By Kim Yeshi
Having lived and worked in Tibetan areas for several years Norden’s Chef Andrew Notte is very familiar with the staples of the plateau diet and with knowledge and creativity, transforms them into a unique form of fusion cuisine, that is both delicious and healthy.
Norden’s menus are based on the three ingredients unique to Tibetan cooking:
--Tsampa: barley flour, the staple of the high plateau
--Yak: the fundamental source of meat and dairy products
--Joma: the high protein root found throughout the grasslands
Tsampa, or barley flour, illustrated here, is the staple of Tibet. The only cereal that grows at a high altitude it is used as a companion to meat and vegetables and as a primary source of nutrition when nomads are on the move. Norden uses it to make crepes, breads, noodle soups and desserts.
Norden’s staff is local and young. Some have had schooling, others not. Though it is all new to them, they are motivated, eager to learn and value their job.. Meet Norden’s cleaning team. They learned to scrub and tidy from our Swiss friend Isabelle Graz, and are attentive to the expectations of our customers.
Norden gives jobs to those best suited for them. The cleaning team are all high school graduates, and though they are of nomad background, they have lived in houses and have a sense of tidiness. Nomads made good waiters and cooks, and the older generation guard the grounds and share their knowledge of the area, guiding visitors to beautiful spots.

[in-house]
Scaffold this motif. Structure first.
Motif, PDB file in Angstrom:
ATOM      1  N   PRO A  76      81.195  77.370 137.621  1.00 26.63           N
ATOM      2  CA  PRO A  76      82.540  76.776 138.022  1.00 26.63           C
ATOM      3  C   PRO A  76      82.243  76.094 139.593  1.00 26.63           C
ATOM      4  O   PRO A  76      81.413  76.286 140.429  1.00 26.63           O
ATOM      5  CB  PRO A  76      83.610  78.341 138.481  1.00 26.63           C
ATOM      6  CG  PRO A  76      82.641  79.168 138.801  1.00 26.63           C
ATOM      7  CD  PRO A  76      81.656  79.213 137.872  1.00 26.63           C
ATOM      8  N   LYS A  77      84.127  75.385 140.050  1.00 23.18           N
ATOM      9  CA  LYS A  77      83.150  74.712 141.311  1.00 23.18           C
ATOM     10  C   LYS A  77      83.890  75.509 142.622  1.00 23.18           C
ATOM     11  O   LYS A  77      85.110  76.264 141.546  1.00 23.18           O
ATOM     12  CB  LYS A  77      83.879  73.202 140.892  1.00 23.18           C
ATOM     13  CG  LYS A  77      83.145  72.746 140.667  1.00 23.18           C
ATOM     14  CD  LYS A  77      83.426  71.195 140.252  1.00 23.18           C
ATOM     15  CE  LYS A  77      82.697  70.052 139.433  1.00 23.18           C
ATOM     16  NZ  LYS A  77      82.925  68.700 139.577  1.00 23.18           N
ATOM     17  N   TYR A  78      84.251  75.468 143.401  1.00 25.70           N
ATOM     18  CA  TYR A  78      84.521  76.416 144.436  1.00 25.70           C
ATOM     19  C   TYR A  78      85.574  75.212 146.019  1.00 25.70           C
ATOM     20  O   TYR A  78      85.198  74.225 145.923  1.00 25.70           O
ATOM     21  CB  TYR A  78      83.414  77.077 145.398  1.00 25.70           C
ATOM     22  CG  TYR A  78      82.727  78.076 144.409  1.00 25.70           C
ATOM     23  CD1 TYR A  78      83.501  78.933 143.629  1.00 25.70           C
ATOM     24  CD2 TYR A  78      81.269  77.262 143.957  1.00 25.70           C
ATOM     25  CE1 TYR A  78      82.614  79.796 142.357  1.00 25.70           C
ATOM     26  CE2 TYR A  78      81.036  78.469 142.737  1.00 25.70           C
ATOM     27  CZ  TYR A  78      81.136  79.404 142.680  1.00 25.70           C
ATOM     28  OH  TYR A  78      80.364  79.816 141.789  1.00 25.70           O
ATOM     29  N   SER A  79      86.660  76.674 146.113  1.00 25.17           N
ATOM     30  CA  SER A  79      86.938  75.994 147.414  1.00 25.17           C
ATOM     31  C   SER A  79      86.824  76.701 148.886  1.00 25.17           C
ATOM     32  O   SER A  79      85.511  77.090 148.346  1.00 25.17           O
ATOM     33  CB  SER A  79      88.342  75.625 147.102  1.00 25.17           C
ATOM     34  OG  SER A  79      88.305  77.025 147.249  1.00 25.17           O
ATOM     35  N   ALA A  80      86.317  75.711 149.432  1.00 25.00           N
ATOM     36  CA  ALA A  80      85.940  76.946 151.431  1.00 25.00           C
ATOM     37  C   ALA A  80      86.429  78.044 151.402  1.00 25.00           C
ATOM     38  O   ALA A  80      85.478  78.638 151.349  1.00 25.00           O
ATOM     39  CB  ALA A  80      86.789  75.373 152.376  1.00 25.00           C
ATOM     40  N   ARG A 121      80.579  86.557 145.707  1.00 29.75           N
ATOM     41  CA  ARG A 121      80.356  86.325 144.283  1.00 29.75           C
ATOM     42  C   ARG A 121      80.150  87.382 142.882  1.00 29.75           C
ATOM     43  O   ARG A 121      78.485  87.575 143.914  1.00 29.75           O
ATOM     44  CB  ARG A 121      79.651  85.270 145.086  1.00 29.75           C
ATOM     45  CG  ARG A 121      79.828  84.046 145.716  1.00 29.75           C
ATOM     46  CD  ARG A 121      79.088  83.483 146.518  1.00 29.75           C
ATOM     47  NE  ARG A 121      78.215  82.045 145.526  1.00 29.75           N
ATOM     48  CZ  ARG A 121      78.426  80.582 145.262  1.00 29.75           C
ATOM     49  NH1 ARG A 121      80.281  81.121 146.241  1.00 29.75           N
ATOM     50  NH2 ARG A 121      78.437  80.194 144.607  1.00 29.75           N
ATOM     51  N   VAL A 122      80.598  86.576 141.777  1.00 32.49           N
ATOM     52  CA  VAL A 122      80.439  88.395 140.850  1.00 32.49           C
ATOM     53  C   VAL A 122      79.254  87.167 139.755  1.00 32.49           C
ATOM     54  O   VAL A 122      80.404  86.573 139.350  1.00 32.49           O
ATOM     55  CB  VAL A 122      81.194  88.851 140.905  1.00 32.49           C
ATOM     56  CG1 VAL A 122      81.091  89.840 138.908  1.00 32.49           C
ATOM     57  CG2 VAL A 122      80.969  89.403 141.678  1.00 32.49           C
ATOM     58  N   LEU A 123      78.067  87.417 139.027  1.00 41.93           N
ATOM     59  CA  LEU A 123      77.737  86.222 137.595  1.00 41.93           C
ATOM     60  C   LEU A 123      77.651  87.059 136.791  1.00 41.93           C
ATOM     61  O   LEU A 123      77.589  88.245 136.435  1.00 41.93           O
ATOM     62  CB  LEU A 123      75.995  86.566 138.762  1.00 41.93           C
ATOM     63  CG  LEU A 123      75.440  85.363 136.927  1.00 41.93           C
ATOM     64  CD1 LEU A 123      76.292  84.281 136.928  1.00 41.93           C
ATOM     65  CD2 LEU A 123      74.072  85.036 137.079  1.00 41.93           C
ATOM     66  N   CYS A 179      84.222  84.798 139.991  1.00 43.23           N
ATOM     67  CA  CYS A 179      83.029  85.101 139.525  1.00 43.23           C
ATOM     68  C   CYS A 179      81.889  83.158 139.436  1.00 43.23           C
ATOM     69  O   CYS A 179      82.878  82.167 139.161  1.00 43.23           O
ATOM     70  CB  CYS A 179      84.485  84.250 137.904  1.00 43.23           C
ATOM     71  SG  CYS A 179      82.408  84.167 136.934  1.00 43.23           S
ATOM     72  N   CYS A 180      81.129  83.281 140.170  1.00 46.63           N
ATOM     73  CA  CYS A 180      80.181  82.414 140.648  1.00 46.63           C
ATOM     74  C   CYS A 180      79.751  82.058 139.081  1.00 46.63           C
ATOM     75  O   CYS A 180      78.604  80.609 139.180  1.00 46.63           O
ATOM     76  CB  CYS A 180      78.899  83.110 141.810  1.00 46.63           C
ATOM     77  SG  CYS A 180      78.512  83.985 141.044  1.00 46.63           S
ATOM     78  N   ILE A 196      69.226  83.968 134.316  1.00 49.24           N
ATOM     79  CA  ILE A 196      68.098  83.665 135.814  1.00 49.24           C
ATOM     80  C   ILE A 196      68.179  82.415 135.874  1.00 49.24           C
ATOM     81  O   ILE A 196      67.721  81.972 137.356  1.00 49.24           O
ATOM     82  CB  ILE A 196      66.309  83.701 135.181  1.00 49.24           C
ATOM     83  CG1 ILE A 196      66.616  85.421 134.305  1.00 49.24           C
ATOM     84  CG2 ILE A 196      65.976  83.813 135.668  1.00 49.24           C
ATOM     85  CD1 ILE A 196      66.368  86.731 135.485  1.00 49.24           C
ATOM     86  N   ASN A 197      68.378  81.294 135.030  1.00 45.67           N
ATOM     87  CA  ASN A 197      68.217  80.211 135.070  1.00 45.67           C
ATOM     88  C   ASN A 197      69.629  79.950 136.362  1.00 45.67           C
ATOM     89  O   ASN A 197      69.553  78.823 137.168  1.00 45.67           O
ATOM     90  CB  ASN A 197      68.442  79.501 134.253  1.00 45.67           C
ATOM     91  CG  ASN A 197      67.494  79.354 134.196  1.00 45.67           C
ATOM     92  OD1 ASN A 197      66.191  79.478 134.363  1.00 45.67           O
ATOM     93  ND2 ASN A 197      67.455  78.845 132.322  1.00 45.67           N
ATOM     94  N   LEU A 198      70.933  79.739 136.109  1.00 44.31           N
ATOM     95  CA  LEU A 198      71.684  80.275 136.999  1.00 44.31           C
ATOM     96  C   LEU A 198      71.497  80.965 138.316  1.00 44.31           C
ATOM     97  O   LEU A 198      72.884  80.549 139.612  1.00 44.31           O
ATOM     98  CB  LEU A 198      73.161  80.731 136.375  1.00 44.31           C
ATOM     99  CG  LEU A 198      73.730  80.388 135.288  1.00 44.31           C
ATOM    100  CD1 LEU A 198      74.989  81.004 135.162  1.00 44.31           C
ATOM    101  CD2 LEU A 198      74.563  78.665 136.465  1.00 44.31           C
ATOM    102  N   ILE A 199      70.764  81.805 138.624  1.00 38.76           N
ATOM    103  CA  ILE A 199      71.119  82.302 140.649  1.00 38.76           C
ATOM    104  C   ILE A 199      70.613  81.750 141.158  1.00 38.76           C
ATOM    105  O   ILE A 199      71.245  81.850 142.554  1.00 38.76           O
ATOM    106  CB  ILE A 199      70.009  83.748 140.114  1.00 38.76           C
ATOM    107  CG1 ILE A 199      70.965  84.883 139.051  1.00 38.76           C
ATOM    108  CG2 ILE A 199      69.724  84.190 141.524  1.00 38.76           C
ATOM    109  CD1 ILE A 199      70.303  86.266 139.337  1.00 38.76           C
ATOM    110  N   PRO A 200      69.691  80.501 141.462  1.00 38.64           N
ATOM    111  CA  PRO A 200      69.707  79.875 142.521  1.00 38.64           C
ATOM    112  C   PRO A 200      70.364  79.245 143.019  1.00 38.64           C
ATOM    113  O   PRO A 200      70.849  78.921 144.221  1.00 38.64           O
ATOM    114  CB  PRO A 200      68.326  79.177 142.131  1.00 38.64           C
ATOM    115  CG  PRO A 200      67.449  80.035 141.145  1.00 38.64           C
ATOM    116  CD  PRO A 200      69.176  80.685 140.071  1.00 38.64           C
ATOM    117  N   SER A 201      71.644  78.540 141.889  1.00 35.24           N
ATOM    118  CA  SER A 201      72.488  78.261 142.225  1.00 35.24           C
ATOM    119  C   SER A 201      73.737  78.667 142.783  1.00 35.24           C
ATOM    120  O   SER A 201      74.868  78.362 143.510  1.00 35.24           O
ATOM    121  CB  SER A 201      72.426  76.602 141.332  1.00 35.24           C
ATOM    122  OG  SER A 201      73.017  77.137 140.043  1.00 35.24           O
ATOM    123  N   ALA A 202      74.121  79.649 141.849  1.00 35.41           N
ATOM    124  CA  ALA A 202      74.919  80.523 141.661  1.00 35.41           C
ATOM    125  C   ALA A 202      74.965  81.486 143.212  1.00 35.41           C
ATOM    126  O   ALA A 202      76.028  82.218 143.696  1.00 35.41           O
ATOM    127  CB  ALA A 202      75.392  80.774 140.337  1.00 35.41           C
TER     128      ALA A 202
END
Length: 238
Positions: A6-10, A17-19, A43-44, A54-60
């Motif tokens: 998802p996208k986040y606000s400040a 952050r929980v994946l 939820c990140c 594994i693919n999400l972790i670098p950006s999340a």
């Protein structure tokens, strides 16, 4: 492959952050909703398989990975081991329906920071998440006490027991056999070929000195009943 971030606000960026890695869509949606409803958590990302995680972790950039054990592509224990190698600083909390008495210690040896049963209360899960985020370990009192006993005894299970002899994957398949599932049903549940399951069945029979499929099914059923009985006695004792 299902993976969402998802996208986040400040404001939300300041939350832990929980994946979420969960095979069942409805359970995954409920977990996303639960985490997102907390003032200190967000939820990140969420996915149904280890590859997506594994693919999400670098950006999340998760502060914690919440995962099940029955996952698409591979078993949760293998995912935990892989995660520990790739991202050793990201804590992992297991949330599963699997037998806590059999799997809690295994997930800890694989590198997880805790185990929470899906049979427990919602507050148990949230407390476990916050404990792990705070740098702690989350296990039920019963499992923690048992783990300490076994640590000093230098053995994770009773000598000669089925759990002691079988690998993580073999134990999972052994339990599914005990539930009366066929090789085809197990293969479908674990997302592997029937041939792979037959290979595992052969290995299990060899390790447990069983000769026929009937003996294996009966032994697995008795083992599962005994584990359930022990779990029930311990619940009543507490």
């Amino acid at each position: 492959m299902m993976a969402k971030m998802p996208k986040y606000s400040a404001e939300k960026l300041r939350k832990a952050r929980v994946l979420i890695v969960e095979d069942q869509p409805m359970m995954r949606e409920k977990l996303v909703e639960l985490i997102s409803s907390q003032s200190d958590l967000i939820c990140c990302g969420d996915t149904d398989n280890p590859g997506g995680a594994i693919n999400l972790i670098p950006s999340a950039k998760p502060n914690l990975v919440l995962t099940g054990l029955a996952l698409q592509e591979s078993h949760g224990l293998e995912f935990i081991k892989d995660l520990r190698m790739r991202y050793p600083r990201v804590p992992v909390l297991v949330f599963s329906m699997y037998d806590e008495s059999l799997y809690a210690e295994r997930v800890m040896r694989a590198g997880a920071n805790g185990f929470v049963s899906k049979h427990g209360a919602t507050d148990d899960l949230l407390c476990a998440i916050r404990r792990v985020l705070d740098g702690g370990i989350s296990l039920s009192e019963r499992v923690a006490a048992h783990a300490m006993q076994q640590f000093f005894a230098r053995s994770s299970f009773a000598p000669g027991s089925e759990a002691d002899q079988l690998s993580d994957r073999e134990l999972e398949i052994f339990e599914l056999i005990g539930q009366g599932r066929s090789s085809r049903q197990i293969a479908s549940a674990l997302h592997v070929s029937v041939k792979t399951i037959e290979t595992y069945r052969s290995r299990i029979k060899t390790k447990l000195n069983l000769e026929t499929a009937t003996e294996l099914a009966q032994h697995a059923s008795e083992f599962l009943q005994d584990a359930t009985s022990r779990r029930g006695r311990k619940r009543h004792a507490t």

It stands in a secluded area by the river, close to the Monastery. We found the door locked and Yidam went to find the man who ran the small operation; grinding barley into tsampa flour from a water mill in the traditional way. The mill, still in its original construction, had belonged to Jamyang Shepa, the head lama of Labrang and for several incarnations, had provided his household and others with freshly ground tsampa. The man in charge had taken up the business four years earlier and said that his main customers were monks, mostly from Labrang monastery. We watched him stand over the river and open the latch, and saw the water rush in, activating the horizontal wheel that stood below the grinding stones.
We ordered our tsampa, for Norden Camp and for ourselves, attentive as he poured the barley seeds into the grinder, the smell of freshly ground tsampa filling the small, dark room and a thin layer of white powder escaping from the stones, the rest into the round wooden tray below. He packed it into sacks labeled as pig feed, apologizing for the lack of packaging. This tsampa will be used at Norden not only as a traditional staple, but also by Norden’s Chef for his innovative recipes on local products called “Tsampa Story”
Norden camp is located on a nomad's grazing area where yak and sheep wander between February and June. When we open each Spring, the animals are there, wandering freeling through the property and beyond. Yaks are shy and peaceful creatures, and their young, that meander in play groups are especially cute.